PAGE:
At the start and finish of every touring season, it’s well worth giving your caravan a good clean to preserve its good looks. We know it can be tempting to leave your tourer dirty through the winter, perhaps hoping that rain will act as a power-wash, loosening any mud and doing some of the cleaning for you. But there’s a very big catch. Unfortunately any dust, mud and sticky marks on your caravan will encourage the growth of algae and mould on your van. The conditions are just right for these unwanted guests to set up home on your caravan during most British winters.

Fortunately it’s easy to nip it in the bud by giving your caravan a good wash with a proper caravan cleaner. But which one will you choose?

To find out which are the best caravan cleaners in the UK today, we assembled a few popular brands for testing, and you can read our cleaning accessory reviews here.

We tried Fenwick’s Caravan Cleaner Concentrate, £8.99, which has many devotees. Then we tested Care-avan Hi-Tec Shampoo, £7.50, a luminous yellow fluid in a litre bottle. We tested the bright pink MudBuster Caravan & Motorhome Exterior & Interior Wash & Wax, £8.99, too. Then we tried out the Blue Diamond Perfection Caravan Cleaner, £8.49. Finally, we tested a tub of Silky Cream Cleaner.

Most caravan cleaning products seem to be in the form of a concentrated liquid, but the one exception in our test is the Silky Cream Cleaner, which we found priced at £3.99 for a 480ml tub. The manufacturer quotes the price as £5.99 for the tub, incidentally, so it is worth shopping around for a good price on this and all your other caravan accessories.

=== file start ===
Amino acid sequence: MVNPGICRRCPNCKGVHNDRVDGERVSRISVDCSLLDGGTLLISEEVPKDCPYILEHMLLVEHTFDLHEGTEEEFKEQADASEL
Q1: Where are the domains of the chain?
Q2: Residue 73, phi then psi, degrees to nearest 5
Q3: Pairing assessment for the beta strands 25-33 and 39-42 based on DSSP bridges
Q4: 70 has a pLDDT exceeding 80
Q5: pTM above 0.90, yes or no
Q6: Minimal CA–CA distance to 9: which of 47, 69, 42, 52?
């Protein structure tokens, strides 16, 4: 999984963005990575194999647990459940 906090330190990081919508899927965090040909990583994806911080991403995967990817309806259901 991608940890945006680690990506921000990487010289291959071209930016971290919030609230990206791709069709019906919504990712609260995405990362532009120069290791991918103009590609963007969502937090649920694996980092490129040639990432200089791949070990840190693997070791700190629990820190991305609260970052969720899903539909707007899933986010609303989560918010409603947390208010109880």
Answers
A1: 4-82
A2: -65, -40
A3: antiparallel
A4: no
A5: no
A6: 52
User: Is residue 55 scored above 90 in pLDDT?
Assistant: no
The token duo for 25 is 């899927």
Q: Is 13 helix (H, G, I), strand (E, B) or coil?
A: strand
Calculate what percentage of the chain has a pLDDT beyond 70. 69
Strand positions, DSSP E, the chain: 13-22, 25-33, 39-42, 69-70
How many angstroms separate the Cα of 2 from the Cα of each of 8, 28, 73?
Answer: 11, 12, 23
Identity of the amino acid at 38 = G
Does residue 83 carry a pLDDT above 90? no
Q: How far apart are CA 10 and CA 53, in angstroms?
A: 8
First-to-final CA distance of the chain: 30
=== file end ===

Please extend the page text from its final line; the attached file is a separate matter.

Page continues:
Silky’s Cream Cleaner has been around for years and it was probably one of the first products that got to grips with the black streaks that caravan owners dread. It’s a non-abrasive cream cleaner, which will not scratch any of your caravan’s panels, because it’s even safe to use on plastic and PVC. You just apply the cream sparingly with a damp cloth, then rinse it off with a hose or a damp cloth and duster.

These days, its revised formula includes Sinsulak polishing powder and, therefore, promises that a treatment should give a degree of long-term protection, too. It has anti-static properties, which should help to repel dust. However, when rinsing off this mixture, we found that the water doesn’t bead at all. So, perhaps, a separate application of polish or weather-proofer would still be prudent to complete your tourer’s protective defences. 

In all other ways, using Silky is exactly the same as it always has been. It works well and there are few stains it doesn’t get to grips with eventually, but is it slow going. Then again, it’s proven to be caravan-friendly, the small tub lasts for ages, and if you shop around you’ll find it only costs a penny under four quid to start with.